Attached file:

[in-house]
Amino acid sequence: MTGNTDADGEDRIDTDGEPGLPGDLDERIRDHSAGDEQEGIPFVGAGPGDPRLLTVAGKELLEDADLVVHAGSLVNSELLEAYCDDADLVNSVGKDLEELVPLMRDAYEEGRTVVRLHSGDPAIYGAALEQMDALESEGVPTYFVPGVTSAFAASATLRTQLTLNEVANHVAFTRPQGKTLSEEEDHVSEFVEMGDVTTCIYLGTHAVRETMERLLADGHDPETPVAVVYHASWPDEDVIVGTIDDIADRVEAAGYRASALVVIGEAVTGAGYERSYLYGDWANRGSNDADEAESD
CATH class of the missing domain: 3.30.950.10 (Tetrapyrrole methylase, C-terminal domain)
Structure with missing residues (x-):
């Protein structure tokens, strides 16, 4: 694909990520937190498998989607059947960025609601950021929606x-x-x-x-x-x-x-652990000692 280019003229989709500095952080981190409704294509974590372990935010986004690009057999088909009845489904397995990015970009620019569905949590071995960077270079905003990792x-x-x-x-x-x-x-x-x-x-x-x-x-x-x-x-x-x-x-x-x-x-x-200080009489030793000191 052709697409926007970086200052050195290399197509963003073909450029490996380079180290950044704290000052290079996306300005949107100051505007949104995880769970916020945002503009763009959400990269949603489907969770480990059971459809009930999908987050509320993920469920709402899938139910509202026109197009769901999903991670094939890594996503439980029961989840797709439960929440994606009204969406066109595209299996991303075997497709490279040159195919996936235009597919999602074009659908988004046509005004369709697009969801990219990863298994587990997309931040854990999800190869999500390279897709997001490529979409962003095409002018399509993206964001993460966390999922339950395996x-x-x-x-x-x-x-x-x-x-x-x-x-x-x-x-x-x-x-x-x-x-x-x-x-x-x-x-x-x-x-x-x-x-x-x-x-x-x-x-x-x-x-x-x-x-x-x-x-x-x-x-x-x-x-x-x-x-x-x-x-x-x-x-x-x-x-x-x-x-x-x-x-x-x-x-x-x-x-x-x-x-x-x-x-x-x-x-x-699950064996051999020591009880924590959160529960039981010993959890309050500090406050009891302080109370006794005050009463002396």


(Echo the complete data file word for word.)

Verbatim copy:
[in-house]
Amino acid sequence: MTGNTDADGEDRIDTDGEPGLPGDLDERIRDHSAGDEQEGIPFVGAGPGDPRLLTVAGKELLEDADLVVHAGSLVNSELLEAYCDDADLVNSVGKDLEELVPLMRDAYEEGRTVVRLHSGDPAIYGAALEQMDALESEGVPTYFVPGVTSAFAASATLRTQLTLNEVANHVAFTRPQGKTLSEEEDHVSEFVEMGDVTTCIYLGTHAVRETMERLLADGHDPETPVAVVYHASWPDEDVIVGTIDDIADRVEAAGYRASALVVIGEAVTGAGYERSYLYGDWANRGSNDADEAESD
CATH class of the missing domain: 3.30.950.10 (Tetrapyrrole methylase, C-terminal domain)
Structure with missing residues (x-):
């Protein structure tokens, strides 16, 4: 694909990520937190498998989607059947960025609601950021929606x-x-x-x-x-x-x-652990000692 280019003229989709500095952080981190409704294509974590372990935010986004690009057999088909009845489904397995990015970009620019569905949590071995960077270079905003990792x-x-x-x-x-x-x-x-x-x-x-x-x-x-x-x-x-x-x-x-x-x-x-200080009489030793000191 052709697409926007970086200052050195290399197509963003073909450029490996380079180290950044704290000052290079996306300005949107100051505007949104995880769970916020945002503009763009959400990269949603489907969770480990059971459809009930999908987050509320993920469920709402899938139910509202026109197009769901999903991670094939890594996503439980029961989840797709439960929440994606009204969406066109595209299996991303075997497709490279040159195919996936235009597919999602074009659908988004046509005004369709697009969801990219990863298994587990997309931040854990999800190869999500390279897709997001490529979409962003095409002018399509993206964001993460966390999922339950395996x-x-x-x-x-x-x-x-x-x-x-x-x-x-x-x-x-x-x-x-x-x-x-x-x-x-x-x-x-x-x-x-x-x-x-x-x-x-x-x-x-x-x-x-x-x-x-x-x-x-x-x-x-x-x-x-x-x-x-x-x-x-x-x-x-x-x-x-x-x-x-x-x-x-x-x-x-x-x-x-x-x-x-x-x-x-x-x-x-699950064996051999020591009880924590959160529960039981010993959890309050500090406050009891302080109370006794005050009463002396």